Q&A: How Can We Use Rotation in a Scale?

Q. You speak about forearm rotation in your eBook and in your YouTube video on scales and arpeggios, but I think of rotation as a large movement for things like tremolos and trills. Can you explain how to use it in scales? A. Great question, I’m very glad you have raised it. Until I studied the theory of forearm rotation with Julian Martin (who was working with Dorothy Taubman at the time), I had also only thought of rotation as a large movement  – something you could really see and really feel. I had two eureka moments close to the beginning of my investigations into all this, one was during a large leap when I was told to “untwist” during the journey from one position to the next (this made the leap feel fast, extremely free and reliable) and the other was in the broken diminished 7th in the Adagio espressivo section of the first movement of Beethoven’s Sonata, op. 109: I was struggling to get enough power in this place, especially because I needed to hold onto the notes of the chord as I was spreading it. Even when I incorporated the finger strokes into one slower movement of the arm, the fingers were still doing an awful lot of the work. There was undue effort and a moment of tension. When I was able to experience the rotary movements, it suddenly became effortless and strong – as though I had flipped a switch to a new power source. The tiny backflips of the forearm are absolutely possible at high speed, and even though they are virtually imperceptible to someone watching I could definitely feel them. The difference in sensation between the rotary version and the […]

Chess or Checkers?

I have written extensively about the subject of slow practice on this blog and elsewhere. Since slow practice is such a cornerstone of our practice routine I don’t apologise for making a few comments about it again now! Here is Angela Hewitt talking about slow practice. I totally concur that when we practise slowly we can do so with rhythmic integrity, musical expression, good sound and attention to pedalling and texture. This is important! If we think about slow practice as something dull, mechanical and unmusical we risk playing in this way. I’m afraid I cannot agree with Ms. Hewitt’s sentiment that nobody likes doing it! I get the same sort of satisfaction practising slowly as any dedicated craftsman would get from the process of making something beautiful, rather than just the end result. I actually love practising slowly, controlling every finger and every sound I make. Don’t you? It feels to me like a type of meditation, a discipline where I delay the gratification that comes from playing through a piece and make a serious investment in the quality, security and polish of my playing. I think of it as something other than playing actually, a totally different type of activity. In Issue 74 of Pianist Magazine, there is an interview with Steven Osborne. I really like what he has to say about slow practice: The thing that’s helped me learn things faster has actually been practising slowly, and very intently, trying to get it to feel good and taking time before speeding up. Two important things come out of this – doing the slow practice for long enough and having it feel good. I often think of slow practice as digging foundations for a building. The more […]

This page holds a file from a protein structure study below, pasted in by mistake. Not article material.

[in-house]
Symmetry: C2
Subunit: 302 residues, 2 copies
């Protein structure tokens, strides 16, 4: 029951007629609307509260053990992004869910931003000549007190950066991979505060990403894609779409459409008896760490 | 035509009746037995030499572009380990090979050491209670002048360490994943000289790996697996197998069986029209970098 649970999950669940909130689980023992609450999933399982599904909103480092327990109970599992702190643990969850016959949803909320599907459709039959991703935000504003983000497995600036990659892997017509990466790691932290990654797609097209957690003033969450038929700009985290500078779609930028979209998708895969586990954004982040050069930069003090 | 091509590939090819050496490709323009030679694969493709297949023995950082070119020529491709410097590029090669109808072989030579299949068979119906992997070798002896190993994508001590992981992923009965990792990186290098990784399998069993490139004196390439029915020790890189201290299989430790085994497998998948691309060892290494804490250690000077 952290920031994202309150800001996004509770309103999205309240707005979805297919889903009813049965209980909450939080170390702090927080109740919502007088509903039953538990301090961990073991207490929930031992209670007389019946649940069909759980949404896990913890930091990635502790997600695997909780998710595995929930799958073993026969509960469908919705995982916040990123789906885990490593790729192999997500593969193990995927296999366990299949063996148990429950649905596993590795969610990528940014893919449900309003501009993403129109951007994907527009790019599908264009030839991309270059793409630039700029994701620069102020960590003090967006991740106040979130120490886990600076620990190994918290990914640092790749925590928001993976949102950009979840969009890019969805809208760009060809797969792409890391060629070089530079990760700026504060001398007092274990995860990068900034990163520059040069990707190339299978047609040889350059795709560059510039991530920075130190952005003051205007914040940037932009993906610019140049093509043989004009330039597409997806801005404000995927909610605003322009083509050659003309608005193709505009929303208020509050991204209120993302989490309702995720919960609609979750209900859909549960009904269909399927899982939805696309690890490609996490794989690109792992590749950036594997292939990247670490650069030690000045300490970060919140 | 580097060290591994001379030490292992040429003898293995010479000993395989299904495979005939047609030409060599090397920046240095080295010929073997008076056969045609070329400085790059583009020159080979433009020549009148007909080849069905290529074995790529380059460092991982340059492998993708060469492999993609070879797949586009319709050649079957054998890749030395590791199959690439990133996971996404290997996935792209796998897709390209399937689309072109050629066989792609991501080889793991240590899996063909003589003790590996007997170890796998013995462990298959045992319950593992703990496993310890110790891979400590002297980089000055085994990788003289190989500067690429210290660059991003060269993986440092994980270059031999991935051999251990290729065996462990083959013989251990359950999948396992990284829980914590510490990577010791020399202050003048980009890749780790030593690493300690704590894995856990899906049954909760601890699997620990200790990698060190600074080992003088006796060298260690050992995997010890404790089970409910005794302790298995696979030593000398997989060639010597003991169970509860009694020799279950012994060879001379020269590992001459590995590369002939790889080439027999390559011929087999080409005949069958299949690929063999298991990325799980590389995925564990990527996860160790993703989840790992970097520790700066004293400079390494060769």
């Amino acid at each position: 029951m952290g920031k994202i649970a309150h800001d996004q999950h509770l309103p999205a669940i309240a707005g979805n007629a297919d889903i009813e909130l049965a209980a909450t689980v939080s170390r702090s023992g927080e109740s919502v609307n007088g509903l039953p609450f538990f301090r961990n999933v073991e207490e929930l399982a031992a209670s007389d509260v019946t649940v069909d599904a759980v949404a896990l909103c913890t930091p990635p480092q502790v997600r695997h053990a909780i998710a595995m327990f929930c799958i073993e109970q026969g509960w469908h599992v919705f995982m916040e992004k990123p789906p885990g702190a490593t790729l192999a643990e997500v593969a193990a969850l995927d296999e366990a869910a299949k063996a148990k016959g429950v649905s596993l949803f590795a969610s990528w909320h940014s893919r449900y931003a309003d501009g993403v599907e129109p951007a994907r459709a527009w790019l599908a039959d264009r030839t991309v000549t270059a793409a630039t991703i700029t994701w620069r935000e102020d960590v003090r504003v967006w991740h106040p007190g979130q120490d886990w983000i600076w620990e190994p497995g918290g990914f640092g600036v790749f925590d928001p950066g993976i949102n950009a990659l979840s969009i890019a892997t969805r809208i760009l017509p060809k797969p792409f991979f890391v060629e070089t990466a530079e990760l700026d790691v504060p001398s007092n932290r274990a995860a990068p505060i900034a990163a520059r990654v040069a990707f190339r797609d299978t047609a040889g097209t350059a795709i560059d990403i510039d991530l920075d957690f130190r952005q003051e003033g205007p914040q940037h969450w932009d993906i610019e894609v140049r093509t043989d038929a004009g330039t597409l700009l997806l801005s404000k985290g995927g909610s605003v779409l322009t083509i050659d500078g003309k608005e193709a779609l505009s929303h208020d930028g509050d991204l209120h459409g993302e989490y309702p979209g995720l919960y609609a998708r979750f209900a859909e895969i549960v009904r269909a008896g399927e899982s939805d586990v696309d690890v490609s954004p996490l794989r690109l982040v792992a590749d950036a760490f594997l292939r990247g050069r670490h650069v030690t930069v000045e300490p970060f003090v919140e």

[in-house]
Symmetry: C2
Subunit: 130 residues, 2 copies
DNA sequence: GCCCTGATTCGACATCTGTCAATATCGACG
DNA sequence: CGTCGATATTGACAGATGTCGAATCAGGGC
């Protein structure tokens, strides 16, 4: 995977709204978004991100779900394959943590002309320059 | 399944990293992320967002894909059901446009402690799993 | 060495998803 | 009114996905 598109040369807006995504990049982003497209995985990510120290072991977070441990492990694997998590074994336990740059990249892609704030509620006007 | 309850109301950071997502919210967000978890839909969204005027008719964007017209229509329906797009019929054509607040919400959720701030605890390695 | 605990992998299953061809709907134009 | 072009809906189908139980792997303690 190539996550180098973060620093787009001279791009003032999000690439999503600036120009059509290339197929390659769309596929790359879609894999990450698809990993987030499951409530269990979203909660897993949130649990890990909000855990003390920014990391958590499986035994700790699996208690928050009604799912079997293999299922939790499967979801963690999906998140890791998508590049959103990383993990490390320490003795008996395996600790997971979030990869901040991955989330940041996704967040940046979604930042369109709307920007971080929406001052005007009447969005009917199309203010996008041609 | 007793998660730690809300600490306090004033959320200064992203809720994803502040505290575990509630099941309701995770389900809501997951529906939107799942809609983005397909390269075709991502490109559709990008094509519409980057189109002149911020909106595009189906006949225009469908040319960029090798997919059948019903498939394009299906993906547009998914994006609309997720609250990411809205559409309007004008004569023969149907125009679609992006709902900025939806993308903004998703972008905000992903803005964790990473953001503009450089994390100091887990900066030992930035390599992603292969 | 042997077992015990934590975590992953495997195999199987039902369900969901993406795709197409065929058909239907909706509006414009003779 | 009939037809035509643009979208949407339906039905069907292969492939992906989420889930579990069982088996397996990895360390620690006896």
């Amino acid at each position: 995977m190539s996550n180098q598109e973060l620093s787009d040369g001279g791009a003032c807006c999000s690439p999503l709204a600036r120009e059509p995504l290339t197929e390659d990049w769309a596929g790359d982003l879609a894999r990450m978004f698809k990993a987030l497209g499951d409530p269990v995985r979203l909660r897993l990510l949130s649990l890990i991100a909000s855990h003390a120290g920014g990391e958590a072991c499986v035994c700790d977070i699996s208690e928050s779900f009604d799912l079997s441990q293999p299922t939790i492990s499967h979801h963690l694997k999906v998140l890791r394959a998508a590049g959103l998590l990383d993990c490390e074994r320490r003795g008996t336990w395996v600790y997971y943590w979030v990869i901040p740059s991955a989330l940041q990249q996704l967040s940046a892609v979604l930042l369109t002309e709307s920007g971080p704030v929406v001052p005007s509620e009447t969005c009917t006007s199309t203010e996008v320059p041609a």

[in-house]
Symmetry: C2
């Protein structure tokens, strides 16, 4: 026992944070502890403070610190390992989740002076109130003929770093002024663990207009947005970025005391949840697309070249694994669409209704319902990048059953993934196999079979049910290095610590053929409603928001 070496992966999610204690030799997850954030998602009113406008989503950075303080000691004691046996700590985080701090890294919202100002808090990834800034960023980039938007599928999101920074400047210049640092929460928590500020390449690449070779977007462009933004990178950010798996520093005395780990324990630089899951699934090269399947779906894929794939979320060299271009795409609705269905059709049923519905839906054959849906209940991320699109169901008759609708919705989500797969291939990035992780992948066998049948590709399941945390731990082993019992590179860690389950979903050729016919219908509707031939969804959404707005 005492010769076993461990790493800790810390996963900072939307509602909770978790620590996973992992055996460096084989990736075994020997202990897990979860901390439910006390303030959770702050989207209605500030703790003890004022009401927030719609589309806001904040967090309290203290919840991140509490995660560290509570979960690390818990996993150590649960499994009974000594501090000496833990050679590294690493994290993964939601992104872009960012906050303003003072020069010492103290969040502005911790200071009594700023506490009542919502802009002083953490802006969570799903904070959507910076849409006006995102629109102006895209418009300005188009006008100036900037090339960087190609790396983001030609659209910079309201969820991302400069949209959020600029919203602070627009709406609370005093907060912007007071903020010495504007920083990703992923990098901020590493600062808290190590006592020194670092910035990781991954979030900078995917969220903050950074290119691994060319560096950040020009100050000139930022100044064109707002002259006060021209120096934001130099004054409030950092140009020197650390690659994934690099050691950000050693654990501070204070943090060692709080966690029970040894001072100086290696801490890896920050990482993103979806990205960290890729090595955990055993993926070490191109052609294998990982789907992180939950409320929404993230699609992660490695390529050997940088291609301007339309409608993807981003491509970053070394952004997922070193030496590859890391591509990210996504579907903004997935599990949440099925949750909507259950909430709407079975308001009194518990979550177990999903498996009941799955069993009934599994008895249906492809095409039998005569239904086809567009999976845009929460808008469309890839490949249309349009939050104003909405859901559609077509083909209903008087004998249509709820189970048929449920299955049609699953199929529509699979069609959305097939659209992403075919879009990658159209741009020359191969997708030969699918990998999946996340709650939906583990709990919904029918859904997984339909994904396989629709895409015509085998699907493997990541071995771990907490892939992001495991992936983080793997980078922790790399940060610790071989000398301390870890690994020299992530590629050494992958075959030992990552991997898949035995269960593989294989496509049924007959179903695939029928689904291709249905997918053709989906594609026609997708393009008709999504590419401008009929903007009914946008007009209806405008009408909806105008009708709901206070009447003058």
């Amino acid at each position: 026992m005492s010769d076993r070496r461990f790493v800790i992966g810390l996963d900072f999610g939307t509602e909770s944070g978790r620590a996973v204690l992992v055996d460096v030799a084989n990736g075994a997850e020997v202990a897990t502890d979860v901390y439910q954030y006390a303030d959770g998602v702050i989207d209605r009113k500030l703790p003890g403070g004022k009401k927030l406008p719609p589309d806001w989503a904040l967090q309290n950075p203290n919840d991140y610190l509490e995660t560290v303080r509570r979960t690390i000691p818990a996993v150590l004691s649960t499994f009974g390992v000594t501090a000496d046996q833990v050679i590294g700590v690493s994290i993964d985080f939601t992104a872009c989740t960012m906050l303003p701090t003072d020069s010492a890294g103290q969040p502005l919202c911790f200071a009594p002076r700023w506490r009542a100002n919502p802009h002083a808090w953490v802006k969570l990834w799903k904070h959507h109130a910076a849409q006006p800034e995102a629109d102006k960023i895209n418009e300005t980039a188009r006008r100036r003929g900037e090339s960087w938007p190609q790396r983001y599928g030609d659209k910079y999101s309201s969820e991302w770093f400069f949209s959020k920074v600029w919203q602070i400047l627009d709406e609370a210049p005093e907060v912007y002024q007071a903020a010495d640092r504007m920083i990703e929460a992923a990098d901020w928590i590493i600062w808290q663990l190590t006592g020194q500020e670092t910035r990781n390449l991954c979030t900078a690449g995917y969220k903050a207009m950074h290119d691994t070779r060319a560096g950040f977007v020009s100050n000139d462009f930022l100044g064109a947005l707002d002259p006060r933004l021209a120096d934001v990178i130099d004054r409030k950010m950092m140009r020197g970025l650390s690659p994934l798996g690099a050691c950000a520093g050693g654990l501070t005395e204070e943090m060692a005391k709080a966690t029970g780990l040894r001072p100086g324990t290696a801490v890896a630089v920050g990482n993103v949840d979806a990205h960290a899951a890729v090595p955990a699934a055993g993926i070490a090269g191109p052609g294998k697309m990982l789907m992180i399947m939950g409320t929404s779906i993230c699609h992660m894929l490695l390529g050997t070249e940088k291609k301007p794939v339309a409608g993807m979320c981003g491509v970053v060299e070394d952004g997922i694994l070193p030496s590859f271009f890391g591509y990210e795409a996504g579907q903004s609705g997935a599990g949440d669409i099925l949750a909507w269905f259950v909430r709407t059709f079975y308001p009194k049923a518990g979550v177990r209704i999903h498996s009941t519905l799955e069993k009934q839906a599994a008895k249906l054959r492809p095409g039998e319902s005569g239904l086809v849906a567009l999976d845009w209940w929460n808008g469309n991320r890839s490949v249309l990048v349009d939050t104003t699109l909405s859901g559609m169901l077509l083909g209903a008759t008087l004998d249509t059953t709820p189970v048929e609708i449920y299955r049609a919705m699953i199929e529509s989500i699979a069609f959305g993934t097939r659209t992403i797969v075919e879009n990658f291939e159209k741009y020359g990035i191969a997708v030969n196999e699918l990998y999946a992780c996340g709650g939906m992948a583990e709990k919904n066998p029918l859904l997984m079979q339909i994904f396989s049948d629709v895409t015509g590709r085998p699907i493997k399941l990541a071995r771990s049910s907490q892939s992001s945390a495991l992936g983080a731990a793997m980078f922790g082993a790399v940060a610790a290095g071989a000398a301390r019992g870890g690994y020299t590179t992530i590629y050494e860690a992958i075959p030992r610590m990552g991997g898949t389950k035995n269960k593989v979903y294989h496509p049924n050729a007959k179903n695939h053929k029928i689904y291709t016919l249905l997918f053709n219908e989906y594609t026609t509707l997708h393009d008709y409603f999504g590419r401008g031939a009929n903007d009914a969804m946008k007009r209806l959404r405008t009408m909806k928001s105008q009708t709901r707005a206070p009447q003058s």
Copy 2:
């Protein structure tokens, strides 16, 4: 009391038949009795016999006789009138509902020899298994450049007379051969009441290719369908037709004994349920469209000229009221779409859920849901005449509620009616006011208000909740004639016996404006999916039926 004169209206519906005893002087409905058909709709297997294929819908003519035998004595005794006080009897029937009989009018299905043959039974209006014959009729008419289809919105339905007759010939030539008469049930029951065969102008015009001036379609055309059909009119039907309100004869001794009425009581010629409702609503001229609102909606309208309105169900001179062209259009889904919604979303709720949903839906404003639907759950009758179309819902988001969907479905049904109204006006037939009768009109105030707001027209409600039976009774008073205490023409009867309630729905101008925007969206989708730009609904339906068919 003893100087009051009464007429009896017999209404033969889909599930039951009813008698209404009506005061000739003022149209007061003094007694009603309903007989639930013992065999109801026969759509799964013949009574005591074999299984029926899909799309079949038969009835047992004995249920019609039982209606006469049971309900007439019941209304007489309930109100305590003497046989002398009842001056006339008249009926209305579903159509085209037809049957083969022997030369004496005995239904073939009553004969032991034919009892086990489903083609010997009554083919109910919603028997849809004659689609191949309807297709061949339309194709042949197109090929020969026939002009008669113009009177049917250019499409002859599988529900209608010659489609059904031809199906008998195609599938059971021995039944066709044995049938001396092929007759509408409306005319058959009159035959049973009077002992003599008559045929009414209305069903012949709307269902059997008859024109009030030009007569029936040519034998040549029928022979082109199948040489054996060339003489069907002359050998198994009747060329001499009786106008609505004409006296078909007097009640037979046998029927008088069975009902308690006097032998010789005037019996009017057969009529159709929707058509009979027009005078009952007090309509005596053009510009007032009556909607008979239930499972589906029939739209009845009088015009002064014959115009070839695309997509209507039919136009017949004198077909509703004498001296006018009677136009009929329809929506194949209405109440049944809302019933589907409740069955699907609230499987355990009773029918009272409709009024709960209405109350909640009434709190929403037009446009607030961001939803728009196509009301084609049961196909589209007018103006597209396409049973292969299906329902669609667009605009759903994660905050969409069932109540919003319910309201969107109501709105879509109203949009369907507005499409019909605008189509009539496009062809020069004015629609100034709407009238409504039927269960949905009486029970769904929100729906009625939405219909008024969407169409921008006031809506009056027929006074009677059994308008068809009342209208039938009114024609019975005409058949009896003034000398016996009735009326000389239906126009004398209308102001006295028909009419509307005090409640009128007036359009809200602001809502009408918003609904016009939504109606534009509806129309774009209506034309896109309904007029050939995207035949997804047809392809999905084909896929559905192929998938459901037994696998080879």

By |October 11th, 2013|Teaching|6 Comments

Some Thoughts on Mental Tension